A rare example of Egyptian Revival architecture stands strong on a sloping hillside in northeast Cedar Rapids.
Imposing stone columns loom tall at the entrance of Garfield Elementary School, 1201 Maplewood Dr NE, while hardwood floors and natural woodwork add a sense of warmth inside.
Built in 1914, the style reflected a growing interest in Egypt during the era, according to Cedar Rapids historian Mark Stoffer Hunter. Garfield was one of four schools built that year in Cedar Rapids, a time when the city’s economy and population were booming with expanding industries and job opportunities.
“It was the largest school boom in Cedar Rapids’ history before the Baby Boom era,” Stoffer Hunter said, adding that four architects were hired to design the four different schools, each with a singular architectural style.
Of the four schools built that year, Garfield and Arthur Elementary, situated just one mile apart, have been used continuously for more than a century by the Cedar Rapids Community School District—but both are at risk.
Under the district’s facilities master plan, Arthur, built in an uncommon “fortress” style at 2630 B Ave NE, would be demolished and replaced by a 600-student “mega-school.” And Garfield would be closed, with no plans for its future use.
The closures and demolitions — decided by the school board in 2018 with no vote from district residents — will affect the entire city. Eight neighborhood elementary schools are scheduled to close and 10 to be demolished and replaced. Three newer schools would be retained.
Dexter Merschbrock, elected last year to the school board as District 4 director, said he cannot speak for the board as a whole, “but my personal opinion is we need to listen to the people of the neighborhood and really consider the negative effects of closing neighborhood schools.”
“Garfield is unique,” Merschbrock said. “It’s in a core neighborhood; it is close to our two urban college campuses. My view is the [school] is a benefit to the neighborhood and the district sees a big benefit by being in that neighborhood.”
Mount Mercy University sits just blocks away from Garfield—both were constructed in park-like settings — while Coe College bookends the other side of the neighborhood, closer to downtown Cedar Rapids.
Tree-lined streets twist through the area, with modest homes reflecting the 1920s and ’30s architectural eras in which they were built. Students living in the neighborhood can walk to Garfield and Arthur schools, but more busing will be needed under the district’s plans.
Even during the coronavirus pandemic, schools on the closure list have served core neighborhoods, with some designated as hubs for to-go meals for neighborhood children.
“If you think of a neighborhood as a small community of itself, the neighborhood school can become the hub of that community,” said Carol Sindelar, president of the Mound View Neighborhood Association, which borders Garfield Elementary. “It is about relationships being built like a giant web, starting among the children, then entwining parents and even the extended family and retired neighbors.”
Sindelar noted that when a school is within walking distance, children can walk together with their neighbors, school friends come over to play and parents more easily get to know their child’s friends. Parents also get to know other parents as they accompany their children to school or gather outside after school, waiting for class to get out, she said, in contrast to riding a bus.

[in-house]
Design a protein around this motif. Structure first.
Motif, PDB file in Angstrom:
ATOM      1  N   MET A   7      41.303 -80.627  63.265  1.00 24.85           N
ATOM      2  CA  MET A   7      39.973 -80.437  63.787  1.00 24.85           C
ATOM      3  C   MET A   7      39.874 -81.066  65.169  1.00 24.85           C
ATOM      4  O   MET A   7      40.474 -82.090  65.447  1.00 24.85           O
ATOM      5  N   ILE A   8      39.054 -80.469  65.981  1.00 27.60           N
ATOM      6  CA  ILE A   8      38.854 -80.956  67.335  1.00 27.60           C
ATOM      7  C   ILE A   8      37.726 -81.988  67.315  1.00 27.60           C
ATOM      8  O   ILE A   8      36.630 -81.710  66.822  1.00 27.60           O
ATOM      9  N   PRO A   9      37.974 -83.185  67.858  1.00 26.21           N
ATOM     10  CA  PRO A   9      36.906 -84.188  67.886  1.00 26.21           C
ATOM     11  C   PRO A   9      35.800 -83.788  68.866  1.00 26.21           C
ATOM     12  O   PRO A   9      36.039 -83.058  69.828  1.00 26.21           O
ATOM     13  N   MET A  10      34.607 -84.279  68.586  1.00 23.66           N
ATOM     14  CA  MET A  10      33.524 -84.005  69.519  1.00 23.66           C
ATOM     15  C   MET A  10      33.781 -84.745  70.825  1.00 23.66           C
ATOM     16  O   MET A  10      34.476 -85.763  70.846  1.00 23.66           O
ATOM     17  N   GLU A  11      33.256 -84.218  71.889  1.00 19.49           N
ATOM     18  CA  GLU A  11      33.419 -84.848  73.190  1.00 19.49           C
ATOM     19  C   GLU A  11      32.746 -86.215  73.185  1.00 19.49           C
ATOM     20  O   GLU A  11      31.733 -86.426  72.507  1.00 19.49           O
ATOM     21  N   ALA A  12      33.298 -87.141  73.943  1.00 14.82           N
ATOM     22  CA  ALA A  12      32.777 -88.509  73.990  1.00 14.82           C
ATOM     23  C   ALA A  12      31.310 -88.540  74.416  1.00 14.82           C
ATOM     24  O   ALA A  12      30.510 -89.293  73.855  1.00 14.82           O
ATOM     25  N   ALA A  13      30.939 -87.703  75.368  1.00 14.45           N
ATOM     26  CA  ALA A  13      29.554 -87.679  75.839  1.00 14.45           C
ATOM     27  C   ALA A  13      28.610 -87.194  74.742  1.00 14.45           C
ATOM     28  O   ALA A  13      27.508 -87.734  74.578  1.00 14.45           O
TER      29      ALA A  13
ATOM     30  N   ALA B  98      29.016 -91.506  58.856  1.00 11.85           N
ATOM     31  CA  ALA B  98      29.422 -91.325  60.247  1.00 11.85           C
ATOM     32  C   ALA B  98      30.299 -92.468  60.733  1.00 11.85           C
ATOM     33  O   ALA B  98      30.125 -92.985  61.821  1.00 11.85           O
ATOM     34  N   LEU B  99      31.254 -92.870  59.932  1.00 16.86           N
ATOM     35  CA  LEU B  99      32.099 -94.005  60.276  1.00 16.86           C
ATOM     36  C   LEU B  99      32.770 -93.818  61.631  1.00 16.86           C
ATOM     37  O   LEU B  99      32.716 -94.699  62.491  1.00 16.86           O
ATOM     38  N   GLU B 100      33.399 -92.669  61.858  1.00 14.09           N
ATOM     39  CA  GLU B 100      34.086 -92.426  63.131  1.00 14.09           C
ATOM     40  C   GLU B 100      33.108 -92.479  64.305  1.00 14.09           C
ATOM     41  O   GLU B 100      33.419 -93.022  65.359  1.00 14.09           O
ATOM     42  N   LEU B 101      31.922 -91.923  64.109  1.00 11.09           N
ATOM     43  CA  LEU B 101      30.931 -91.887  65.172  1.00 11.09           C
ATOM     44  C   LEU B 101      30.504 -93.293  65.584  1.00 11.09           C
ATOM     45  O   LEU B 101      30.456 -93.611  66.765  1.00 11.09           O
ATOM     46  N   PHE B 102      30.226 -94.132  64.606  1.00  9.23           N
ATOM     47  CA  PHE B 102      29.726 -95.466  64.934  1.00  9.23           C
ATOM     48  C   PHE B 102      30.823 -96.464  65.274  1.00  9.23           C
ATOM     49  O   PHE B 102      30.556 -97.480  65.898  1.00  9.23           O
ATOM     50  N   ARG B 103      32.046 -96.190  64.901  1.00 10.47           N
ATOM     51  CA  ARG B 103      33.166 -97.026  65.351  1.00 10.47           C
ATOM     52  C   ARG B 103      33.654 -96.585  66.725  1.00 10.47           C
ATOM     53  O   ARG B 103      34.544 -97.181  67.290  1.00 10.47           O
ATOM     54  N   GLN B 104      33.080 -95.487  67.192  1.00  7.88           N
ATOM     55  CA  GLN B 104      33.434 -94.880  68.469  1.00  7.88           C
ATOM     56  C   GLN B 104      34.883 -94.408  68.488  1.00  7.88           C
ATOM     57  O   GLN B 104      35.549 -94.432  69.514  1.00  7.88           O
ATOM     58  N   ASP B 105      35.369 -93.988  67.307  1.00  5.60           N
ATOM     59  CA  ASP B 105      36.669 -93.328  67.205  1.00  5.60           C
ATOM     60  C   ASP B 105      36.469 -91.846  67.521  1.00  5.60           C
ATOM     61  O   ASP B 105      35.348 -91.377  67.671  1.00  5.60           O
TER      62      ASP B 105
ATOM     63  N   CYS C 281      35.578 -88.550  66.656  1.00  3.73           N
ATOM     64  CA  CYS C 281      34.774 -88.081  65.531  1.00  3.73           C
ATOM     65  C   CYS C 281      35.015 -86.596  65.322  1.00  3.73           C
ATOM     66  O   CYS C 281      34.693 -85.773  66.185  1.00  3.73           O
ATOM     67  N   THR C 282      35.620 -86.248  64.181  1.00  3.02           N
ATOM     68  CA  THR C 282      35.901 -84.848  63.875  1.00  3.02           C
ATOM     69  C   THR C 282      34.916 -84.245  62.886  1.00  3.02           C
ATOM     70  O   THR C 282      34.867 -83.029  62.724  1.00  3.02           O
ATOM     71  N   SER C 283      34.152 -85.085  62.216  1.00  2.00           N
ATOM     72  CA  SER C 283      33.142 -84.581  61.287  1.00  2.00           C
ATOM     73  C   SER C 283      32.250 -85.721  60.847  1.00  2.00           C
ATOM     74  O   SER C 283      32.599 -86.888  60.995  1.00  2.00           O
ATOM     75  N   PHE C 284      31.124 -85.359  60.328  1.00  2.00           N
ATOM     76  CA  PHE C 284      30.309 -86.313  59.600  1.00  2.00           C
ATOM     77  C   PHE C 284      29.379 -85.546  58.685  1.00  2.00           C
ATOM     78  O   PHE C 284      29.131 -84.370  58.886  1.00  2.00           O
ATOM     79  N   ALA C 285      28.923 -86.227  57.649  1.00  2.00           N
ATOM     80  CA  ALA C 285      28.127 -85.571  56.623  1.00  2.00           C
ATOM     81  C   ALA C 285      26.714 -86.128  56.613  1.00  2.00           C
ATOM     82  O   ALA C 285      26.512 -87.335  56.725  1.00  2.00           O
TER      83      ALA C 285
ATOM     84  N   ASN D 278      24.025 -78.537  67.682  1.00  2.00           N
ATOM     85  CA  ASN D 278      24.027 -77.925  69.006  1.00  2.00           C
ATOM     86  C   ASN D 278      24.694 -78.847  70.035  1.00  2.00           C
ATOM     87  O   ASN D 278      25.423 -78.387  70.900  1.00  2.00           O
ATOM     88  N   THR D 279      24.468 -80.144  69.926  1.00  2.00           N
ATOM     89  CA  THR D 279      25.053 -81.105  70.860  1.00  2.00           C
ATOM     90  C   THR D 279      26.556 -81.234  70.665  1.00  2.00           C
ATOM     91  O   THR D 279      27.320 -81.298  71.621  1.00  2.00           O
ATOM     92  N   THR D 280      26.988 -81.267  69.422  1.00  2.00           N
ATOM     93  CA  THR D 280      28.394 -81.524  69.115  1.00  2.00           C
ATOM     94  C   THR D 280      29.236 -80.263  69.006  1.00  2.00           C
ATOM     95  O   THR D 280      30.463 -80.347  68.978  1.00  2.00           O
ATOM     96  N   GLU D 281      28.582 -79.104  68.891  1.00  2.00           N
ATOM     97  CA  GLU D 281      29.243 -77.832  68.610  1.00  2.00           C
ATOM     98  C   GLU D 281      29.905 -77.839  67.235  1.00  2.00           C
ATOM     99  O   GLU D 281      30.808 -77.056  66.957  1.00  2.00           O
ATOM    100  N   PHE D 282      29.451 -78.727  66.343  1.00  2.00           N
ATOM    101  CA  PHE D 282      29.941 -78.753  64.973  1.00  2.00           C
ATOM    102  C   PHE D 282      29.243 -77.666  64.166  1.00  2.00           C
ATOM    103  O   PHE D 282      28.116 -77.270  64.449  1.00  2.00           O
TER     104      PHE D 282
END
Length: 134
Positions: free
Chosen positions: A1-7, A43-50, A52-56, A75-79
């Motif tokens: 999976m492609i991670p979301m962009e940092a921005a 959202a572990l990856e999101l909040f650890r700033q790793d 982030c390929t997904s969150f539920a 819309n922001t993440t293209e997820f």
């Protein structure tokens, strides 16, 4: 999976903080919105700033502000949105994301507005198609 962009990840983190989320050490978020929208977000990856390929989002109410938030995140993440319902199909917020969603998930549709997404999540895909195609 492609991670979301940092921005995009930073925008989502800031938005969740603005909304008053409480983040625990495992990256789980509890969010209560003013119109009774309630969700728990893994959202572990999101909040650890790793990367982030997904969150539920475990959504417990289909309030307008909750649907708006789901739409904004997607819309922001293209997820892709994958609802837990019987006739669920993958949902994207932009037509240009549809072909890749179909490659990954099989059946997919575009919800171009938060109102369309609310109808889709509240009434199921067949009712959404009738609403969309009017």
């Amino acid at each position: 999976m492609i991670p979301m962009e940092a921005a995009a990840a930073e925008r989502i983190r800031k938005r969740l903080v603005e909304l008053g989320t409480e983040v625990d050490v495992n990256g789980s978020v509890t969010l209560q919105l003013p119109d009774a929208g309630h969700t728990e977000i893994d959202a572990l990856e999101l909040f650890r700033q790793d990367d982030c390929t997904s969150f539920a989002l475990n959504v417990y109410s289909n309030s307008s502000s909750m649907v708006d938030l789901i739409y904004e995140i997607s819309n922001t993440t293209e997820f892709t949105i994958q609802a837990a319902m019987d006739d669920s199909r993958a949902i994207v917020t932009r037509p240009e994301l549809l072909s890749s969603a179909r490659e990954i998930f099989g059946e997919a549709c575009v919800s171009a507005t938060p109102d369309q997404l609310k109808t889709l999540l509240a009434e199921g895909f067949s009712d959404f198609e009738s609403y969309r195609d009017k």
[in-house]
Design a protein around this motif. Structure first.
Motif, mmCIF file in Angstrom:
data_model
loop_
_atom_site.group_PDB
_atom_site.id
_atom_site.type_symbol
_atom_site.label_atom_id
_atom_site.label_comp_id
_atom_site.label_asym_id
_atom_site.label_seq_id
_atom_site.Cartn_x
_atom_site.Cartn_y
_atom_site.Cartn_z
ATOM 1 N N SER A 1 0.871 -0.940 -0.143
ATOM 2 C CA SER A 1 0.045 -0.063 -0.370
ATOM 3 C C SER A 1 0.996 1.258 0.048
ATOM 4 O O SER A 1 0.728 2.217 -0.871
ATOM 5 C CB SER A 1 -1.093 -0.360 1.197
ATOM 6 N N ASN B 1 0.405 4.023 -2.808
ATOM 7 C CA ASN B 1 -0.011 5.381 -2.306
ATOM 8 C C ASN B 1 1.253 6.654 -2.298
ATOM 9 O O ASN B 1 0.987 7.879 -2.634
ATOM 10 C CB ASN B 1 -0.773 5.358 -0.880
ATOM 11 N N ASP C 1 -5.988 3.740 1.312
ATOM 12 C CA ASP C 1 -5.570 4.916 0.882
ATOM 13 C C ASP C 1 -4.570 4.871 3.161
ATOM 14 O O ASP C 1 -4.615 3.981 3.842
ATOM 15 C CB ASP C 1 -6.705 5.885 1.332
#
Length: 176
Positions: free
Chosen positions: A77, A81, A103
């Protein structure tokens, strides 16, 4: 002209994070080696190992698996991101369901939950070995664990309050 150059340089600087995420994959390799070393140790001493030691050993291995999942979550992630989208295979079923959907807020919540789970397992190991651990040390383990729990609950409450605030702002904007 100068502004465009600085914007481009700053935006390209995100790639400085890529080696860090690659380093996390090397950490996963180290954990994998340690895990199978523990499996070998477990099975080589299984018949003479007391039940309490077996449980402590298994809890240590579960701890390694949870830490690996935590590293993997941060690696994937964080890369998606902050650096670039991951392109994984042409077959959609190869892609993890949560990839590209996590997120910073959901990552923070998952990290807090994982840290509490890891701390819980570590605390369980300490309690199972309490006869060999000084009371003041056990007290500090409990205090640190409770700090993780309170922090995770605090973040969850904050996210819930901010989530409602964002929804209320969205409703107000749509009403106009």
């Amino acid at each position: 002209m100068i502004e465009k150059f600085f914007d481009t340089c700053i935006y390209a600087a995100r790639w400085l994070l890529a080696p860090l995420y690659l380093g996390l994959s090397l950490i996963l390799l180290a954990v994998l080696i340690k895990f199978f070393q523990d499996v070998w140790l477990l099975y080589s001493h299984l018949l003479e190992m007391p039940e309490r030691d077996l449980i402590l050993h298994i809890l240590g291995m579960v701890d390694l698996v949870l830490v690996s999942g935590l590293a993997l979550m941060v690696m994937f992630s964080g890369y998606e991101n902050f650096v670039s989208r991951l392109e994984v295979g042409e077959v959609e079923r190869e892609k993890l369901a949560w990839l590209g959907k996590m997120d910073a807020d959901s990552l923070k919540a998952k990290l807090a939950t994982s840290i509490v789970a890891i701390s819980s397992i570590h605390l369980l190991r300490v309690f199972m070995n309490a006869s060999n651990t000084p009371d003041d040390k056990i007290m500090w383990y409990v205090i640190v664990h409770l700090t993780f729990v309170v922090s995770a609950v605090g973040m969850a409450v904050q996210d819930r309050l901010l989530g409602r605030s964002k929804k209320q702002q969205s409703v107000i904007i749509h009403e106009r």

“Events are easy to attend,” Sindelar added. “A spirit of being together enhances school pride as well as neighborhood pride. Neighborhood schools like Garfield have value way beyond the obvious educational value.”
CRCSD Superintendent Noreen Bush said Phase 1 of the multi-year facilities master plan is underway, with two new schools on the west side of town, at the sites of Coolidge and Jackson Elementary.
“We have a ‘pause’ after that first phase in order to assess our best next steps forward,” Bush said in an email, adding that due to the pandemic, the “pause” has not been implemented yet. “Our big picture goal of equity and supporting our community remains our focus in our FMP planning. Garfield’s building has some unique architectural features that have surfaced some great conversations about historic preservation. Beyond the physical aspects of any of our buildings, we will need to continue to assess our population and enrollment trends to make [the] best decisions for our community.”
Stoffer Hunter said the century-old Arthur and Garfield were built to last and could easily stand another 100 years, even if it comes down to taking them out of use as schools.
“We have a good track record in Cedar Rapids of repurposing old school buildings,” he said, citing the former Monroe Elementary, among others.
A mid-century modern school, Monroe was closed several years ago, and has since been turned into a mix of apartments in southeast Cedar Rapids, an undertaking that was named a preservation project of merit during this summer’s Preserve Iowa Summit by the State Historical Society of Iowa.
“These outstanding properties give communities a unique sense of pride and place,” Chris Kramer, director of the Iowa Department of Cultural Affairs, said of the award winners in a statement. The department oversees the State Historic Preservation Office. “The adaptive reuse of these iconic buildings is a creative and economic way to revitalize an entire neighborhood.”
Cindy Hadish is a freelance journalist and volunteer board member for Save CR Heritage, which raises awareness about historic buildings in Cedar Rapids. This article was originally published in Little Village issue 285.